tek's rating: ¾

The Good German (R)
IMDb; Rotten Tomatoes; Warner Bros.; Wikipedia

Caution: spoilers.

The movie is set in July 1945, after World War II had ended in Europe, but before it ended in Japan. Though it came out in 2006, it's in black & white, and in plenty of other ways it imitates noir films from the era in which it's set. So, I liked that about it. I definitely thought it was a good-looking movie, and well-acted all around, and the story was okay... but not really good enough for me to like the movie as much as I'd hoped I would.

In the beginning, the film is basically from the point of view of an American corporal named Patrick Tully (Tobey Maguire), who works in the motor pool. He's assigned to be the driver for a journalist named Captain Jacob Geismar (George Clooney), who has returned to Berlin to cover a peace conference. (He'd spent some years in the city before the war, I guess.) At first, Tully seems like a good-natured but not especially bright old-fashioned small town American GI, but we soon learn he's actually running any number of illegal business operations. And he's dating a prostitute named Lena Brandt (Cate Blanchett). After awhile, we find out that Jake and Lena were once lovers (and he was her boss at the newspaper), before he left Berlin. Anyway, one day Tully goes to see Lena at her place, and some guys are there, wanting to know where someone named Emil Brandt is, but Tully has never heard of him (at that point, he didn't even know Lena's last name). So they break his arm. Still, he figures out who the guys were working for, and it's someone he's had business dealings with, so he goes to the guy and offers to turn Emil over to him for two hundred thousand marks... even though he has no idea where Emil is or even who he is. Except that he does find out Emil was Lena's husband, who supposedly died in the war six months ago. Anyway, the deal gets made, but... Tully ends up getting killed.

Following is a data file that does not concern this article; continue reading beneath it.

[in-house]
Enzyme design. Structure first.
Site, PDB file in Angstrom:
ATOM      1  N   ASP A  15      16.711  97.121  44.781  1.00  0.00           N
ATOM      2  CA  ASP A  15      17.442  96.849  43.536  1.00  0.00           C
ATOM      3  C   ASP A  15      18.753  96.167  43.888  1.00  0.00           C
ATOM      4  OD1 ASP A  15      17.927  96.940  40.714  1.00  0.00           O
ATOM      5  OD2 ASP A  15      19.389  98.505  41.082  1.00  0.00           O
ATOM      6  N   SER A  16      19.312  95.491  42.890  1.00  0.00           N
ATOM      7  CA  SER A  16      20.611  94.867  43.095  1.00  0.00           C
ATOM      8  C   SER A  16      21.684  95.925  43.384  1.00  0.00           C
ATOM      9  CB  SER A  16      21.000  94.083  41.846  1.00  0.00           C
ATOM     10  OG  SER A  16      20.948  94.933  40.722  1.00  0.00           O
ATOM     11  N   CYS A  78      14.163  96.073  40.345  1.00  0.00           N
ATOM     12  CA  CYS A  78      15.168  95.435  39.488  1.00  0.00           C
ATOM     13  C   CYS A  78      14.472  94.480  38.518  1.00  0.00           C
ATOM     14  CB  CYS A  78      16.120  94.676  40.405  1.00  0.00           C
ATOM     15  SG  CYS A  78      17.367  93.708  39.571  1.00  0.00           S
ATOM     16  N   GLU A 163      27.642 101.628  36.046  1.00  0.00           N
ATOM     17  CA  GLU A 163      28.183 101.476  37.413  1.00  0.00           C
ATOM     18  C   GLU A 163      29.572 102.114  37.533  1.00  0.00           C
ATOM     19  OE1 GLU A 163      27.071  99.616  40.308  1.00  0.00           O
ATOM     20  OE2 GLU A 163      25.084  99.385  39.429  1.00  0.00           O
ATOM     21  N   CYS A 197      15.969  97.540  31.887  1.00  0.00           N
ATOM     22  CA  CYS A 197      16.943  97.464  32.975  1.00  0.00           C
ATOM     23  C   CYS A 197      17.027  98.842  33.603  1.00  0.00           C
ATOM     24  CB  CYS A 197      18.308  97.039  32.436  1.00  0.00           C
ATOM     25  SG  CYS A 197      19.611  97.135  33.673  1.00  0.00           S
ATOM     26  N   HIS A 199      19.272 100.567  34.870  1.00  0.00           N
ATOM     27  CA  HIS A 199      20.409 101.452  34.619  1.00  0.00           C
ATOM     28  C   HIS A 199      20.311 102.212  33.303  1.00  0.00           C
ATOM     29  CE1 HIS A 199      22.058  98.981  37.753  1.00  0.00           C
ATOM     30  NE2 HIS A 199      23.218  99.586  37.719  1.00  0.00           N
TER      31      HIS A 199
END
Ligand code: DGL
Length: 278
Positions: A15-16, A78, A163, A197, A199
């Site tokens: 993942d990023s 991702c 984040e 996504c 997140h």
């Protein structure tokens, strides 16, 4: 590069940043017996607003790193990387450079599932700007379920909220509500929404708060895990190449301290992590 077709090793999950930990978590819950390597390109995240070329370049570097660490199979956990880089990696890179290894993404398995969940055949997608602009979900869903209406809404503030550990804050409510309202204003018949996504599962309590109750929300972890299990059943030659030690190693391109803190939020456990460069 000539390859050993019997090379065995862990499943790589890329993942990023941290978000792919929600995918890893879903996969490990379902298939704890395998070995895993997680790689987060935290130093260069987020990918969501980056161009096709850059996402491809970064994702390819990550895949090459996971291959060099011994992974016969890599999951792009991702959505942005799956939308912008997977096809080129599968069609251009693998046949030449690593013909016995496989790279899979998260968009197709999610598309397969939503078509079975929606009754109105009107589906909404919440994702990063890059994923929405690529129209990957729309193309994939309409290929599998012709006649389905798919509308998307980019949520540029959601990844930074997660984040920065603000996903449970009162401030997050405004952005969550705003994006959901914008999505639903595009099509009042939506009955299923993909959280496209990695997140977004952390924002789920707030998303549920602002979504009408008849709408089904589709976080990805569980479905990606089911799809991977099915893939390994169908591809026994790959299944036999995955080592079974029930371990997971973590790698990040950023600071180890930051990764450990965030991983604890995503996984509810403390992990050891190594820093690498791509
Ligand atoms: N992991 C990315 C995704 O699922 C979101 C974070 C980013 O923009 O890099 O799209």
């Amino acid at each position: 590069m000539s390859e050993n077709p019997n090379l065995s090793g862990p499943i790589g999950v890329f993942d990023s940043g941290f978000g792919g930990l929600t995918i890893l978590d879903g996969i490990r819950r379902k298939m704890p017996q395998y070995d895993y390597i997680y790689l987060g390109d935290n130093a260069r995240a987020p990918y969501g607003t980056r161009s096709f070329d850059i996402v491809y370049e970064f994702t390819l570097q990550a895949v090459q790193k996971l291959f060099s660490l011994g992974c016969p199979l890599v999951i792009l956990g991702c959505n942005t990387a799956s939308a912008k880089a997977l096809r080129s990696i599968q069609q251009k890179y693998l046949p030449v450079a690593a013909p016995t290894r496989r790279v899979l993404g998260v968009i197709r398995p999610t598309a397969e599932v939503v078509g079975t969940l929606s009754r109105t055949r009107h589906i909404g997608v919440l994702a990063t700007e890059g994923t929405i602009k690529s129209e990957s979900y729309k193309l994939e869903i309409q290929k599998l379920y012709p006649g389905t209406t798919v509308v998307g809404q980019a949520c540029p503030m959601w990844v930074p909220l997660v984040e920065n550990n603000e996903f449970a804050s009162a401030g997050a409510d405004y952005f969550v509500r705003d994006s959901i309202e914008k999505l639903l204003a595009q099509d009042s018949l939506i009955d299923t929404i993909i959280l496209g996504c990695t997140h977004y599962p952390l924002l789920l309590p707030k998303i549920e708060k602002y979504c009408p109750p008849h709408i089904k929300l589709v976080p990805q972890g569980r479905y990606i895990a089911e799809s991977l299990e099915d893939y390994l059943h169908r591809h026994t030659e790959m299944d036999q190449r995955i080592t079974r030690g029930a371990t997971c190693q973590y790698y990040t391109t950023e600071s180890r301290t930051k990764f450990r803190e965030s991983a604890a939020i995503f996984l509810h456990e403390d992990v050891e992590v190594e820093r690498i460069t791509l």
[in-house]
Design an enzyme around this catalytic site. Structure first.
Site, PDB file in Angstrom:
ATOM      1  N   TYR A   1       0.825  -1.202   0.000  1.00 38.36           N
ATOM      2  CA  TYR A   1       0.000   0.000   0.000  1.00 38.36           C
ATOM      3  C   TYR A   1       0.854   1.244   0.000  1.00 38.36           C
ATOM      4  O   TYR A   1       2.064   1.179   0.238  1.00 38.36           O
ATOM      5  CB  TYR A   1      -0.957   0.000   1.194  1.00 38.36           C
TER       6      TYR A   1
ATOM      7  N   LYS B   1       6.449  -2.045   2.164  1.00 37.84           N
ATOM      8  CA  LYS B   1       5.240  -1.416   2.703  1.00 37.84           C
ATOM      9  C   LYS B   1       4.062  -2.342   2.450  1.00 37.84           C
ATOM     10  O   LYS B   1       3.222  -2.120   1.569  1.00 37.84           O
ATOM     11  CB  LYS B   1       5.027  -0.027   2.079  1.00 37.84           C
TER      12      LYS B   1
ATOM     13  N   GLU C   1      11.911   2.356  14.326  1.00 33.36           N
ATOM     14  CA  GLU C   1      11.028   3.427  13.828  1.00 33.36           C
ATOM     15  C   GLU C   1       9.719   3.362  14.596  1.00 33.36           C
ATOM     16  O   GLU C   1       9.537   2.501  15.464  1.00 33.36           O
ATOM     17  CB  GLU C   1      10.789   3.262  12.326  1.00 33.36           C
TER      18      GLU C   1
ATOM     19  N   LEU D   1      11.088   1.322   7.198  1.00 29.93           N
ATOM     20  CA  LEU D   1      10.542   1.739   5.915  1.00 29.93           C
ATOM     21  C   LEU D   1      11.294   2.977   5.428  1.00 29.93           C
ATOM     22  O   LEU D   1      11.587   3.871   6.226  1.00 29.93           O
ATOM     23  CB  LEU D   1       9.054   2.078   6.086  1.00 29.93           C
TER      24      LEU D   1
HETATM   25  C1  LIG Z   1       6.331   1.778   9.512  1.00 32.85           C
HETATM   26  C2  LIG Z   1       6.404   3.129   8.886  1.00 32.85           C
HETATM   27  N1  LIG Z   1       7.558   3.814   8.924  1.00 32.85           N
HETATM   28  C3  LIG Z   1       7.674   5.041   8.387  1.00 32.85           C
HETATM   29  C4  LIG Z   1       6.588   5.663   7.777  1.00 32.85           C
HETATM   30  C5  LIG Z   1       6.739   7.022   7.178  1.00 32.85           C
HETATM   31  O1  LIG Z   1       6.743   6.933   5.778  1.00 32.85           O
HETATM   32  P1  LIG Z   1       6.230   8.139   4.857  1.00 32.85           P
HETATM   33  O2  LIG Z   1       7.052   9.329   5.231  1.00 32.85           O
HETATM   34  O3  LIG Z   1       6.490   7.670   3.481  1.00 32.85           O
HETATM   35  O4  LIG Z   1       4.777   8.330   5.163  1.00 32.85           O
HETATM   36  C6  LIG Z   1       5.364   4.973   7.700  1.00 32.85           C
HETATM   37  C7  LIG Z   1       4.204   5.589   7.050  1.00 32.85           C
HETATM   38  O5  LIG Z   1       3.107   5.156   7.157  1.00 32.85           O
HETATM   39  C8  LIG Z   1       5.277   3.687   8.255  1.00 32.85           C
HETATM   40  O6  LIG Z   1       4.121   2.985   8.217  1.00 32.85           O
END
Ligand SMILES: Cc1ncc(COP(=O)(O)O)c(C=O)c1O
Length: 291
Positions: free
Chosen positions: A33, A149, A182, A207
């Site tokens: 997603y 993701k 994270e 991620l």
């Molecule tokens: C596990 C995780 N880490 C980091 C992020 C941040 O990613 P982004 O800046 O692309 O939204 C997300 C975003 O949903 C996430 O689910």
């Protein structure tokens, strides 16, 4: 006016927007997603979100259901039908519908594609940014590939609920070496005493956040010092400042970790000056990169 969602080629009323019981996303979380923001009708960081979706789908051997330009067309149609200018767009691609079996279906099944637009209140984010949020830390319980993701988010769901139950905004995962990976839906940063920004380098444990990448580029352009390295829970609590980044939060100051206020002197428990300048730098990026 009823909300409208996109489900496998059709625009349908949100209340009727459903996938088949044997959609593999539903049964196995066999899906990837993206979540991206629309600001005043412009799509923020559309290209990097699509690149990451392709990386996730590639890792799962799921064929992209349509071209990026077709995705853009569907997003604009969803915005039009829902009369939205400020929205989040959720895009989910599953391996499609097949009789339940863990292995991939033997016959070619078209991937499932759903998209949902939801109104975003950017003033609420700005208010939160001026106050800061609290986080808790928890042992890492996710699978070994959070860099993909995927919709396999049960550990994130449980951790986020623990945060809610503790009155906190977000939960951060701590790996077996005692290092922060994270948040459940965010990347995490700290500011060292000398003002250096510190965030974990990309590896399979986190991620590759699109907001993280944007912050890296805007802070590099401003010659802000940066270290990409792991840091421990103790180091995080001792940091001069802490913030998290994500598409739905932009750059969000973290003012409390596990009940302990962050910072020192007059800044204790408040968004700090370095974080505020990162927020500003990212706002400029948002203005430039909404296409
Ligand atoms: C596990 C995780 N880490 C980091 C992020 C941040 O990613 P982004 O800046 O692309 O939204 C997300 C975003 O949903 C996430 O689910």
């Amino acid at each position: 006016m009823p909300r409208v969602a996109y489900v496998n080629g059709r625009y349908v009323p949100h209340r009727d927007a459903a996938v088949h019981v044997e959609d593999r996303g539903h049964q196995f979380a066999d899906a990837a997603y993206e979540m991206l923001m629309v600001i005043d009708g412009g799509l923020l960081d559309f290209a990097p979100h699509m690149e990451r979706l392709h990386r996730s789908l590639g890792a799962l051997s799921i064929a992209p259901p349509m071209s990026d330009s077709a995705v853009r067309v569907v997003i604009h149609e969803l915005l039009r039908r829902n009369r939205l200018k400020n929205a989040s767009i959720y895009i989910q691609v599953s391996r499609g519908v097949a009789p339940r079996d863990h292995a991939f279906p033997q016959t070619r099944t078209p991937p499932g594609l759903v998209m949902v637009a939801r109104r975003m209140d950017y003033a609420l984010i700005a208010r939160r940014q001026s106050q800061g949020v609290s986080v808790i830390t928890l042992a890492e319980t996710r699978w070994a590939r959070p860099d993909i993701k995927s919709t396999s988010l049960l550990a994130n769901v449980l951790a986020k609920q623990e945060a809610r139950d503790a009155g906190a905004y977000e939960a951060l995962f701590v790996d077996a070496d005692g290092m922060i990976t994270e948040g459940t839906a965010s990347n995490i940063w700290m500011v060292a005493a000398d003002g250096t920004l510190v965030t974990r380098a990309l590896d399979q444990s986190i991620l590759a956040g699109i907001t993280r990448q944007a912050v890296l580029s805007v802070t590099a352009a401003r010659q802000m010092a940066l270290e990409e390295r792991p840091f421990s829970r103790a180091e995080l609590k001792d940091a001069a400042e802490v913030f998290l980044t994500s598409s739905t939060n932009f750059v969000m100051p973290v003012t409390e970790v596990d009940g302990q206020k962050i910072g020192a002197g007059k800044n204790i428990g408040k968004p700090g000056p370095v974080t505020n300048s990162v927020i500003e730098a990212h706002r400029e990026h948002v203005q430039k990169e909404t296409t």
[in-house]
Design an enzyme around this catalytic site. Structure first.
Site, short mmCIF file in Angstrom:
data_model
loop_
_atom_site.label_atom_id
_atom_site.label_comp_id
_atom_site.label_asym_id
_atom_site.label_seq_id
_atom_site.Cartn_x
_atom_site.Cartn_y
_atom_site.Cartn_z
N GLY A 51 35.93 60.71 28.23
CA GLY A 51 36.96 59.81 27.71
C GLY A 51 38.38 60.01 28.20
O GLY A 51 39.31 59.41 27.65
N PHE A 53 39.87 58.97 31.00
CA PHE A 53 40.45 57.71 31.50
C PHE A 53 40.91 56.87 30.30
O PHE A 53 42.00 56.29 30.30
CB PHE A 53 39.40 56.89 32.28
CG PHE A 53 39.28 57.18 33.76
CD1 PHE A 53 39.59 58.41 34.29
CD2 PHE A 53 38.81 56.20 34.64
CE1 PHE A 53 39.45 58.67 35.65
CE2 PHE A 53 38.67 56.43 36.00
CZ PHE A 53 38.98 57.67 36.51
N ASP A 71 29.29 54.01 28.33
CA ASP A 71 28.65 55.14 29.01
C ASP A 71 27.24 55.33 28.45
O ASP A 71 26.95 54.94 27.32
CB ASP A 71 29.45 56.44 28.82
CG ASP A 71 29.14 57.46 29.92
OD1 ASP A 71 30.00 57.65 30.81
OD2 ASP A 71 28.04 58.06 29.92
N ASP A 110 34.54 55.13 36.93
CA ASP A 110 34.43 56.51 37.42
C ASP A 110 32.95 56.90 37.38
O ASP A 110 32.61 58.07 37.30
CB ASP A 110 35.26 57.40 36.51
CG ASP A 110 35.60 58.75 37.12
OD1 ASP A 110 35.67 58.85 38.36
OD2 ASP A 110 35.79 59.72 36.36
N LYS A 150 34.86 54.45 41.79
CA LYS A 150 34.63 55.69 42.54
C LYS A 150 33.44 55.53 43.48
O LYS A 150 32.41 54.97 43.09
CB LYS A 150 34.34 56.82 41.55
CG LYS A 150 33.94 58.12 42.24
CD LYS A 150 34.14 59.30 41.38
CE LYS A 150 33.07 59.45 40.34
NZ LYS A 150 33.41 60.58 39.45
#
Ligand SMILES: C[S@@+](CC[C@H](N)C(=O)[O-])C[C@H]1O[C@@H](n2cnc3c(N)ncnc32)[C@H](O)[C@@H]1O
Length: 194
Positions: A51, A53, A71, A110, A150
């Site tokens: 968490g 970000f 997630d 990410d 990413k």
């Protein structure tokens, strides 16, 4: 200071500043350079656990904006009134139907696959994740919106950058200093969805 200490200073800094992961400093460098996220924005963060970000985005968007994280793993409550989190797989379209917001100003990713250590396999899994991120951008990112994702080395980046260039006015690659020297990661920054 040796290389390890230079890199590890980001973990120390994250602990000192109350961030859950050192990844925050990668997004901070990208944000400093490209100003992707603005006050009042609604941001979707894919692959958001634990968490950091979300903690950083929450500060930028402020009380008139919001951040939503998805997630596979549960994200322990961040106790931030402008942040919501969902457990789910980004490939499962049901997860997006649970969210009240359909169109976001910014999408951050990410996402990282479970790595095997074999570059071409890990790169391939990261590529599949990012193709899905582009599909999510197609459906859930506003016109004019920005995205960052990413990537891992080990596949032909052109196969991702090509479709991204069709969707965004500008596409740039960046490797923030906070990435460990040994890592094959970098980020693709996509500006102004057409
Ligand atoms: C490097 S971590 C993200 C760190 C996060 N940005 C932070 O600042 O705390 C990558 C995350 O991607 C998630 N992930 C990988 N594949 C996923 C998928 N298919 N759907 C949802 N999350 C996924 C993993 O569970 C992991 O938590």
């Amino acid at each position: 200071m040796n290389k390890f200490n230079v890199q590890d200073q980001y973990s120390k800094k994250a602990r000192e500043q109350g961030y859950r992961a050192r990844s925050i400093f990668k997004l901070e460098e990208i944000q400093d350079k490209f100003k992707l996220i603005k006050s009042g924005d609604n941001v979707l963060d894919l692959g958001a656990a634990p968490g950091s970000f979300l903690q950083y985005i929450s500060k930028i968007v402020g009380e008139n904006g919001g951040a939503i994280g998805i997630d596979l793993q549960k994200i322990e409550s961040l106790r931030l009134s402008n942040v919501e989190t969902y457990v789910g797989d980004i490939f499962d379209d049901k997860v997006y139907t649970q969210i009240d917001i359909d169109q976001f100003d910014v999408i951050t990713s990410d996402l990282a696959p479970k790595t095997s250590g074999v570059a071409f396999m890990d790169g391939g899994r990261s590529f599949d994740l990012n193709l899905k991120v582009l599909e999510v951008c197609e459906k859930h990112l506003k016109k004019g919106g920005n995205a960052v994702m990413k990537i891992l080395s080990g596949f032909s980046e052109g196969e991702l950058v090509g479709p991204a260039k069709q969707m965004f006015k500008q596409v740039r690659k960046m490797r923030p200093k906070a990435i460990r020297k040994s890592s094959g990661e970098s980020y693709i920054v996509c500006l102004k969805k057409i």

The next part of the film is from Jake's point of view. He begins investigating Tully's murder, and trying to figure out why everyone- Russians and Americans, and probably Germans and British- want to find Emil. This means spending a lot of time with Lena, though she keeps moving to different places to hide from everyone who wants to get to her, so that she could help them get to her husband. (She doesn't seem very happy to have Jake following her around, in spite of his desire to help her.) Jake also gets some help from an old acquaintance of his named Captain Bernie Teitel, who works in the Records Division. Though the two of them don't seem to be on very friendly terms. Also there's a Scottish bartender named Danny, who seems to be friendly with both Lena and Jake, who is of help to them, mainly in finding places for Lena to hide out. There are various other characters I should perhaps mention, such as an American colonel played by Beau Bridges. (At least I think he was American, I really was rarely entirely sure about anyone.) Anyway... eventually the movie is shown to some extent from Lena's perspective. I mean, at different times in the movie there was a bit of narration by Tully, then Jake, then Lena. But I suppose it was always sort of from different perspectives, or maybe just the audience's perspective, throughout the movie. Certainly after Lena's bit, it quickly seemed to me to become... unclear who the protagonist actually was.

Anyway, we do learn various things throughout the movie, about Emil and why he's important. And we eventually see Emil, and learn why he wants to get out of Berlin. He definitely seems to be the titular "good German." But really he's not much more than a MacGuffin. And I don't want to spoil any of the reasons behind all the stuff that's going on. But... eh, it was all sort of interesting, I guess. Just not too interesting.


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